What Can You Do if You Can not Pay Your Loans?
If you've taken on student debt to pay for college, you'll have to start repaying those loans within months of graduating, or leaving school. But if you run into tough financial times, you may qualify for a temporary reprieve on your payments. For federal loans, there are several options available:
Grace – Some loans provide for an automatic grace period following your graduation during which time no loan payments are due (however, interest still accrues). The two types that definitely offer a grace period are Stafford Loans, for a period of six months, and Perkins Loans for nine months. For other types of loans you need to look at the loan agreement to see if one is offered.
Deferment - Some subsidized loans include a provision that allows you to suspend your loan payments temporarily without accruing interest. Deferments, although widely available, are not easily obtained as they have fairly restrictive eligibility criteria and may not be available during residency.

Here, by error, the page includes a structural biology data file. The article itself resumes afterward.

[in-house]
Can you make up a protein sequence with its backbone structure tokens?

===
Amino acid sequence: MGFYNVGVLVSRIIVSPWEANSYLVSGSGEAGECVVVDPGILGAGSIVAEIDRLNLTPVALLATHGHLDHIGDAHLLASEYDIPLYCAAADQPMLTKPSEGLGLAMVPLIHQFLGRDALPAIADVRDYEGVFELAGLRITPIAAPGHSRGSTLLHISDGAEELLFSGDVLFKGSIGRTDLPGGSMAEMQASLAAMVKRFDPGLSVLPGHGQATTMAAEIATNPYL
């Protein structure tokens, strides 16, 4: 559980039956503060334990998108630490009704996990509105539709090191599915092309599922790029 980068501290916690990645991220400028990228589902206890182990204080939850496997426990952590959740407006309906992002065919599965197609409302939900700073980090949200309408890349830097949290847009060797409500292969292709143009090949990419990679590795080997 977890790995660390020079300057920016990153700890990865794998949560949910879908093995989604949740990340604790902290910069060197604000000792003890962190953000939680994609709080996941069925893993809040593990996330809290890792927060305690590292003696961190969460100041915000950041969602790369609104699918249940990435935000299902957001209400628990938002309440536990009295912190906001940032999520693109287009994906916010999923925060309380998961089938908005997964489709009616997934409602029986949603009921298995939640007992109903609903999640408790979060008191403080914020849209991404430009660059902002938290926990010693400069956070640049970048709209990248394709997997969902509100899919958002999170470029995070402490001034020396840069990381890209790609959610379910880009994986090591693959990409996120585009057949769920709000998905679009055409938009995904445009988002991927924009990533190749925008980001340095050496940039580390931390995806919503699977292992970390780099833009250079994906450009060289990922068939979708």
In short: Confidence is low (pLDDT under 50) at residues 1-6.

Forbearance - If you exhaust your deferment options, or they’re not available to you, your loan servicer can issue a forbearance for up to 12 months. During this period, you can either delay making payments or make reduced payments. It’s important to note that, during forbearance, interest continues to accrue. Medical residents are automatically eligible for forbearance.
Income-Driven Payments - If you prefer not to postpone or defer payments you can establish an income-driven payment plan with your servicer who bases your payments on your actual discretionary income and your family situation. Payments can range from zero dollars to making full monthly payments and can be adjusted at any time. These plans can also include interest subsidies. More information on income-driven plans can be found on the Federal Student Aid website.